So Apple got yet another patent granted today, and now there’s yet another media firestorm over whether it means Cupertino will be able to sue every other phone manufacturer out of business, or at least out of the business of making multitouch devices. And, as usual, most of the hysteria is based on a fundamental misinterpretation of what the patent claims actually say, and what behaviors they actually cover in iOS. I don’t know why we keep repeating this sad cycle, but I do know that it’s always, always better for us to read the claims and try to figure them out for ourselves — and in this case, they’re actually pretty narrow.
Possibly the best analysis of this patent. As usual, it comes from Nilay Patel.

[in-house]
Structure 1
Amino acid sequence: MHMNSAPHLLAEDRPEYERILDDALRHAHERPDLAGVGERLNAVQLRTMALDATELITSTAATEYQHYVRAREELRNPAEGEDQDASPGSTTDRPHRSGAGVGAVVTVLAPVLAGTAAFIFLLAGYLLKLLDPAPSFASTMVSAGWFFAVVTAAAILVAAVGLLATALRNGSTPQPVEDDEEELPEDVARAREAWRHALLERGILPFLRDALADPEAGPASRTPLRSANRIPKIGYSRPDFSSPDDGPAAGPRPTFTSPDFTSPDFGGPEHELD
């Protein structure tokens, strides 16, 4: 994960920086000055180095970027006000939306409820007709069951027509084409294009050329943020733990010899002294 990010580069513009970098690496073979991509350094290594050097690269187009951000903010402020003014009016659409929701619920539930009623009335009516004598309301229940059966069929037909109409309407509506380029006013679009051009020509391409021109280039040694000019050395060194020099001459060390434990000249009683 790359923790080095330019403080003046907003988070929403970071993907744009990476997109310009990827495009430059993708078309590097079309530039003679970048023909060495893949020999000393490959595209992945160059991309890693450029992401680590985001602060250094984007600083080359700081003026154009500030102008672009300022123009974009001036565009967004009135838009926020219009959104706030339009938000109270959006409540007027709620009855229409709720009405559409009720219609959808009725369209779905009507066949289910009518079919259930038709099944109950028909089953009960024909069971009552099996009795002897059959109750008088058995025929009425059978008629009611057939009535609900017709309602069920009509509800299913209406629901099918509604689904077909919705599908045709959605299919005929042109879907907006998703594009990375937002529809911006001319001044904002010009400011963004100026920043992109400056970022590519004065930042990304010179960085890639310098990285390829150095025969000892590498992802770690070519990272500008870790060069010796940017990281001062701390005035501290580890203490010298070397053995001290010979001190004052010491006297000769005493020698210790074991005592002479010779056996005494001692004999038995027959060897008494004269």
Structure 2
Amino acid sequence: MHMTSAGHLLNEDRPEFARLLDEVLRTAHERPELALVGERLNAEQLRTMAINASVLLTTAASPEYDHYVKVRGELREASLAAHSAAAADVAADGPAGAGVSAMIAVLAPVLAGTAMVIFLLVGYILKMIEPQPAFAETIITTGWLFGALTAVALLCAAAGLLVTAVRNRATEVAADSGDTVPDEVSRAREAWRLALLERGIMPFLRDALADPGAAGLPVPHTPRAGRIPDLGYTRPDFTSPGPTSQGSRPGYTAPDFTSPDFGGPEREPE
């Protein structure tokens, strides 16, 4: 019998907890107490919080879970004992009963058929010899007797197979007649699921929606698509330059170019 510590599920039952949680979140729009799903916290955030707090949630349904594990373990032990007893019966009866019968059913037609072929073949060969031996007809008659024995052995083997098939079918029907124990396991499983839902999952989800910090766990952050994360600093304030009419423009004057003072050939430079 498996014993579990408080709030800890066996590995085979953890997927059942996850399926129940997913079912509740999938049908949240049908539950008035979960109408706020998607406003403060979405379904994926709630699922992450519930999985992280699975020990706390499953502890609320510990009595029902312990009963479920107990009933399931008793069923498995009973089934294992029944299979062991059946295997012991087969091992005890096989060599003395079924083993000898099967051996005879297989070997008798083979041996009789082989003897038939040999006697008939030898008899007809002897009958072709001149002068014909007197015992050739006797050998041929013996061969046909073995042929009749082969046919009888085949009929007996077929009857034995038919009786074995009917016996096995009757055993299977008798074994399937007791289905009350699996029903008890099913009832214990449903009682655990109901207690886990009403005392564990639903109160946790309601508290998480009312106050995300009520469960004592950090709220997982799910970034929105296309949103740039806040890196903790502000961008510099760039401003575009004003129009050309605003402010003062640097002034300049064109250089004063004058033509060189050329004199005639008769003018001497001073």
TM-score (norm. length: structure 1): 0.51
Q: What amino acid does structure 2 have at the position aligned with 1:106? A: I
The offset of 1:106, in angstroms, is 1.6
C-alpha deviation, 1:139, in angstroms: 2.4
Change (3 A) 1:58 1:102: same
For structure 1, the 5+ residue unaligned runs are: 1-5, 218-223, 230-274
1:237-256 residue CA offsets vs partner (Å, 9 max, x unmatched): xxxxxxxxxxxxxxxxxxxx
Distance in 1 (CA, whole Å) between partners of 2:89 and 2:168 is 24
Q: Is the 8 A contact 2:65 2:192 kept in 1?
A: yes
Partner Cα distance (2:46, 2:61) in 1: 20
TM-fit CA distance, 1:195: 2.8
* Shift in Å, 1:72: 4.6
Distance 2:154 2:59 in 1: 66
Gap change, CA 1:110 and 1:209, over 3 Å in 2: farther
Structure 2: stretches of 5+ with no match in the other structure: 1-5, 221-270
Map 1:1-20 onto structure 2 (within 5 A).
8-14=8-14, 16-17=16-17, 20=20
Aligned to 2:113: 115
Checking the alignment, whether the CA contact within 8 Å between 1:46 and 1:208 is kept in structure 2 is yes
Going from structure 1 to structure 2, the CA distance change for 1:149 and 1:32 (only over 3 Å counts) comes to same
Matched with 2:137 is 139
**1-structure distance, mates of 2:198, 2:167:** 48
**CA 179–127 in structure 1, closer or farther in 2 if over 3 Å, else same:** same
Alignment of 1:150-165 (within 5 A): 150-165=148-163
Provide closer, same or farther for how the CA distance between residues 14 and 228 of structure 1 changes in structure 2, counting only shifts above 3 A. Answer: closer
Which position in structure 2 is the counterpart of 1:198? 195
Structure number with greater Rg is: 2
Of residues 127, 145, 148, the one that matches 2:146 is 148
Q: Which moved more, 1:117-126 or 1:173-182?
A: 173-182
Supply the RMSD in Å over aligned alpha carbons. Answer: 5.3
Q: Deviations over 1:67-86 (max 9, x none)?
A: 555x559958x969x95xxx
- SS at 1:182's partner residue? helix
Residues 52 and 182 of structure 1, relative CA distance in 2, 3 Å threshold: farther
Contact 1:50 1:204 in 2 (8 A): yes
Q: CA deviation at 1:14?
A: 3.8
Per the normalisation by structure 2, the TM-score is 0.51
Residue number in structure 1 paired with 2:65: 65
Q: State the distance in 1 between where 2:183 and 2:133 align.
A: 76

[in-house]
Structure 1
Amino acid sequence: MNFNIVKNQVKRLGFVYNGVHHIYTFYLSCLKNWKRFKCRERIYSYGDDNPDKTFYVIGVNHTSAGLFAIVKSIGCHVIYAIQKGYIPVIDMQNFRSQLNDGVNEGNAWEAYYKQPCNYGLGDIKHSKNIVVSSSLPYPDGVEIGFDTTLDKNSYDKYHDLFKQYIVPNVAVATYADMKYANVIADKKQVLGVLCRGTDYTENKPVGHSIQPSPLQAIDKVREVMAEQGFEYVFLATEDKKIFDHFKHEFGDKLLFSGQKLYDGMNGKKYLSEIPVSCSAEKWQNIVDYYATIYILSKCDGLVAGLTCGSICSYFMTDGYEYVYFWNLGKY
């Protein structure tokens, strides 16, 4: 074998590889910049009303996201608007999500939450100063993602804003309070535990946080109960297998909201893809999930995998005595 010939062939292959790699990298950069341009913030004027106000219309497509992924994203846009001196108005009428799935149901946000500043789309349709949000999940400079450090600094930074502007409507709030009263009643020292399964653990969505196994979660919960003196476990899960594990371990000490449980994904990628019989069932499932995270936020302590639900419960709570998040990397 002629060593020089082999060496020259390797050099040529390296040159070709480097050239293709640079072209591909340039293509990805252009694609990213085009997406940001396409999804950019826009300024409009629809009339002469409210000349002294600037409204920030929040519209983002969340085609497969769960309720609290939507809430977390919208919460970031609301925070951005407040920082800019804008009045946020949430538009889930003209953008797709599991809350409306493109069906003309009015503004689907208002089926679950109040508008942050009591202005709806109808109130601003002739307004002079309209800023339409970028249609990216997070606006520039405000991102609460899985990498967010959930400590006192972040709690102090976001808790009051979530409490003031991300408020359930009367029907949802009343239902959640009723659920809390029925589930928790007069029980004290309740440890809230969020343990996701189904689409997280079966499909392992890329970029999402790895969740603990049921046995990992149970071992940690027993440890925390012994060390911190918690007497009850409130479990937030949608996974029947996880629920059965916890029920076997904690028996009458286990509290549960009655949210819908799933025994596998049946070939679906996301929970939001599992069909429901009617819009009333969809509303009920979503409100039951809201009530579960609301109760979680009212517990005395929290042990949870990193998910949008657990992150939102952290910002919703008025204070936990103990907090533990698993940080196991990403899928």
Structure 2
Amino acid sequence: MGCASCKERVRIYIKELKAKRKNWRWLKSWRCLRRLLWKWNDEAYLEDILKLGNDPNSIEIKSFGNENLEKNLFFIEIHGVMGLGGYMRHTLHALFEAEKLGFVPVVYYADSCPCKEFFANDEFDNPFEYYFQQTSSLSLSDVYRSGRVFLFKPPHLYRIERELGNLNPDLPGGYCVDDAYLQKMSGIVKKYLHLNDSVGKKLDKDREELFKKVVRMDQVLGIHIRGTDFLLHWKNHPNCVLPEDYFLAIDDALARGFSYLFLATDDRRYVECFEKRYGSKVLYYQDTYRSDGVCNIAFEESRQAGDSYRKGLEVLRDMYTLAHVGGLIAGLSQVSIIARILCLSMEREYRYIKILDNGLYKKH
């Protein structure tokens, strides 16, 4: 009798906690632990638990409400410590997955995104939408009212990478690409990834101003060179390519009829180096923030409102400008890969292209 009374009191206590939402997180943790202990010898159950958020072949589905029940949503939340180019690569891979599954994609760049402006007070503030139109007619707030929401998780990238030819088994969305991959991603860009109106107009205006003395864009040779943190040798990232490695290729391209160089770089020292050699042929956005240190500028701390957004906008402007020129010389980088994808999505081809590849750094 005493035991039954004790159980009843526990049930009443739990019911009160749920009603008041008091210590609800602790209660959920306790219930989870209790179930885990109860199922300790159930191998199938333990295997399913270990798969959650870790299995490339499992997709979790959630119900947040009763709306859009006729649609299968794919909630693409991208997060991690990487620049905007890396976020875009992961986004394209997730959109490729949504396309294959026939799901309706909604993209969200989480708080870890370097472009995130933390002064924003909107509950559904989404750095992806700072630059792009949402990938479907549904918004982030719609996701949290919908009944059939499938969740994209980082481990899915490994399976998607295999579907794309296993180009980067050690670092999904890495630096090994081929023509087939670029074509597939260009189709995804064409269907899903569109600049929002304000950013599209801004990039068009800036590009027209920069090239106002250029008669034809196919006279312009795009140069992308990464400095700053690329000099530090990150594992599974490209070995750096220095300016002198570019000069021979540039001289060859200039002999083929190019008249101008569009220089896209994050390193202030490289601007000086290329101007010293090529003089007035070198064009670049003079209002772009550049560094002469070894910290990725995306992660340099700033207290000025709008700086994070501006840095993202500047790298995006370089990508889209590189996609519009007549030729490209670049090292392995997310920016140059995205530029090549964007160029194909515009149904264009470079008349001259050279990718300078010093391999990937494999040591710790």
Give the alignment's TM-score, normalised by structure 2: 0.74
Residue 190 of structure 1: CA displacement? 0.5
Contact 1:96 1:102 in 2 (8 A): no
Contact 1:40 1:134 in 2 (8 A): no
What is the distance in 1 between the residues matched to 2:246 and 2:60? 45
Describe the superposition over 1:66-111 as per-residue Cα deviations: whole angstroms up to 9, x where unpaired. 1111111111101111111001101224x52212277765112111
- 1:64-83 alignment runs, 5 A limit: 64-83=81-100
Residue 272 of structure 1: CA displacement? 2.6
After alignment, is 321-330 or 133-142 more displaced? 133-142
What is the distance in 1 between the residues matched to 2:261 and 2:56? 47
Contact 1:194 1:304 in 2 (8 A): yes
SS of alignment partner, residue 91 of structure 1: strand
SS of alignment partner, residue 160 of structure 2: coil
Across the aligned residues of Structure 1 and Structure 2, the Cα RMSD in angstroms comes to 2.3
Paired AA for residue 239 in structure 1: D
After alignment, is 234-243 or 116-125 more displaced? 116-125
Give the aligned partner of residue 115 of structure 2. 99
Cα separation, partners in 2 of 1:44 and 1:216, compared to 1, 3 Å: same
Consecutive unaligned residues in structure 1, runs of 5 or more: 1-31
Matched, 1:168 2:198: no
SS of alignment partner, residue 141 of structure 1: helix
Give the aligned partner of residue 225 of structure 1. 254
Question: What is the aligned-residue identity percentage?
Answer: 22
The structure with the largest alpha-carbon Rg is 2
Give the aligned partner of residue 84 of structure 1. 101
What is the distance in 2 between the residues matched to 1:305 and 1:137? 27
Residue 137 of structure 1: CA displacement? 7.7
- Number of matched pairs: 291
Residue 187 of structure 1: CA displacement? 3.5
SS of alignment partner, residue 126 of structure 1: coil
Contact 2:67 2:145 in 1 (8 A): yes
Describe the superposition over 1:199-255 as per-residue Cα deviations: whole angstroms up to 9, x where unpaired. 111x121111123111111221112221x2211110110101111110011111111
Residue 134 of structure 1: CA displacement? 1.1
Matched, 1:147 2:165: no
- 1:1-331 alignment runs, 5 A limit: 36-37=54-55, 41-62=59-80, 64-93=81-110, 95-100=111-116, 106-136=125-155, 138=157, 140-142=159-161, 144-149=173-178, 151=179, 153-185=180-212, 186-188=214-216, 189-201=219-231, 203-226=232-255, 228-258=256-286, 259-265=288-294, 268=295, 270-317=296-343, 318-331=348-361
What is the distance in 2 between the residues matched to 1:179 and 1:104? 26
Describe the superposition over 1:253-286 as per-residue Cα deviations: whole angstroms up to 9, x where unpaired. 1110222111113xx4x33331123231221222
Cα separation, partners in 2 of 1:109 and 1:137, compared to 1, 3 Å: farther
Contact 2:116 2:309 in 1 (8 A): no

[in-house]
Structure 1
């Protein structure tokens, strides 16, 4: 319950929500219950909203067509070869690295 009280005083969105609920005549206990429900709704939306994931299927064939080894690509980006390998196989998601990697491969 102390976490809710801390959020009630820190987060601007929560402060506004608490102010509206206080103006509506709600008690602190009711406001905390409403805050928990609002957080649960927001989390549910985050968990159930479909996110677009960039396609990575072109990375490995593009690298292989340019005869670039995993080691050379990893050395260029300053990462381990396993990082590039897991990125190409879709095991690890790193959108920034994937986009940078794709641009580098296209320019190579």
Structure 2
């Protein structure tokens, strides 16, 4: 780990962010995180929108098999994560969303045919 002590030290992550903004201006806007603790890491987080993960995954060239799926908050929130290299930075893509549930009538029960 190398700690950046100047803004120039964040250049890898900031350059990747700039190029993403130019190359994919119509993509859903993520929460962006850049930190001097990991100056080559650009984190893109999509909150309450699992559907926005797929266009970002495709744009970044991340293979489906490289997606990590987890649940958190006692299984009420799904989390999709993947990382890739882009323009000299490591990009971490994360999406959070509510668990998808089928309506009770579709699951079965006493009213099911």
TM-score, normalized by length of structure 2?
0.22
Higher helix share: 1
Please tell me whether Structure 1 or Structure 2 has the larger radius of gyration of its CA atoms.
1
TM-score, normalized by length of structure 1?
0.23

But let’s say I was able to load my music into the cloud. Then I’d be able to listen to the songs from anywhere, right? Wrong. To listen on smartphones, you’ve got to register each handset by handing over its make, model and phone number. Then Best Buy e-mails you a link to the application by text message, and you have to activate the phone by downloading the app and plugging in a confirmation code.
Apple has now aired a series of three iPad 2 commercials, the first of which clearly states up front that it’s not about specifications, it’s about experience. They go on to show how different people, in different walks of life, can use, benefit, and enjoy the iPad in a multitude of easy to understand ways. Verizon has aired a couple Android tablet commercials during the same period, and these focus on Flash, chipsets, and radio technologies. […]
Apple has shown how to sell tens of millions of iPads but apparently even Verizon still can’t hear them now.